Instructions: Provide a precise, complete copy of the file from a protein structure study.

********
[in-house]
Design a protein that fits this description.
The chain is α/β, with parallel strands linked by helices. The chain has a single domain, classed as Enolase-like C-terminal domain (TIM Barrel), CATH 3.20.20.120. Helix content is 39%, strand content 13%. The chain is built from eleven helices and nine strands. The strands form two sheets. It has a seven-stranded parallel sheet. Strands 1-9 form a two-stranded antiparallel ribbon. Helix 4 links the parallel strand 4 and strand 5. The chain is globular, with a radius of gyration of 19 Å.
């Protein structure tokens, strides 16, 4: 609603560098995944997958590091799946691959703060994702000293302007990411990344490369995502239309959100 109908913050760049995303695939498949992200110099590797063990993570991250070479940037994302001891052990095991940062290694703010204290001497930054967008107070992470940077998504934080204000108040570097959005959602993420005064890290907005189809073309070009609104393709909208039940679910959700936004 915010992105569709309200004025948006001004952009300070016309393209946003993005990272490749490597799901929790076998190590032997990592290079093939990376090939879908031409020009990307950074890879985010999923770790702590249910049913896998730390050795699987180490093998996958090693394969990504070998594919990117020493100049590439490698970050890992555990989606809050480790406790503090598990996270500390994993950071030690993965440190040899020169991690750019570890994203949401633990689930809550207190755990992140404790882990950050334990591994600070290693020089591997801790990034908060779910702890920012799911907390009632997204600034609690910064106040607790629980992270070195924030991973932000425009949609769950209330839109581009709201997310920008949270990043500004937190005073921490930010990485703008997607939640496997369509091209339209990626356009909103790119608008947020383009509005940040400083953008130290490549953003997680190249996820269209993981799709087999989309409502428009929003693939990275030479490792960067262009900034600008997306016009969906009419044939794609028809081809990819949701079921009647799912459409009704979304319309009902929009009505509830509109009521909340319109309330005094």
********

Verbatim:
[in-house]
Design a protein that fits this description.
The chain is α/β, with parallel strands linked by helices. The chain has a single domain, classed as Enolase-like C-terminal domain (TIM Barrel), CATH 3.20.20.120. Helix content is 39%, strand content 13%. The chain is built from eleven helices and nine strands. The strands form two sheets. It has a seven-stranded parallel sheet. Strands 1-9 form a two-stranded antiparallel ribbon. Helix 4 links the parallel strand 4 and strand 5. The chain is globular, with a radius of gyration of 19 Å.
């Protein structure tokens, strides 16, 4: 609603560098995944997958590091799946691959703060994702000293302007990411990344490369995502239309959100 109908913050760049995303695939498949992200110099590797063990993570991250070479940037994302001891052990095991940062290694703010204290001497930054967008107070992470940077998504934080204000108040570097959005959602993420005064890290907005189809073309070009609104393709909208039940679910959700936004 915010992105569709309200004025948006001004952009300070016309393209946003993005990272490749490597799901929790076998190590032997990592290079093939990376090939879908031409020009990307950074890879985010999923770790702590249910049913896998730390050795699987180490093998996958090693394969990504070998594919990117020493100049590439490698970050890992555990989606809050480790406790503090598990996270500390994993950071030690993965440190040899020169991690750019570890994203949401633990689930809550207190755990992140404790882990950050334990591994600070290693020089591997801790990034908060779910702890920012799911907390009632997204600034609690910064106040607790629980992270070195924030991973932000425009949609769950209330839109581009709201997310920008949270990043500004937190005073921490930010990485703008997607939640496997369509091209339209990626356009909103790119608008947020383009509005940040400083953008130290490549953003997680190249996820269209993981799709087999989309409502428009929003693939990275030479490792960067262009900034600008997306016009969906009419044939794609028809081809990819949701079921009647799912459409009704979304319309009902929009009505509830509109009521909340319109309330005094």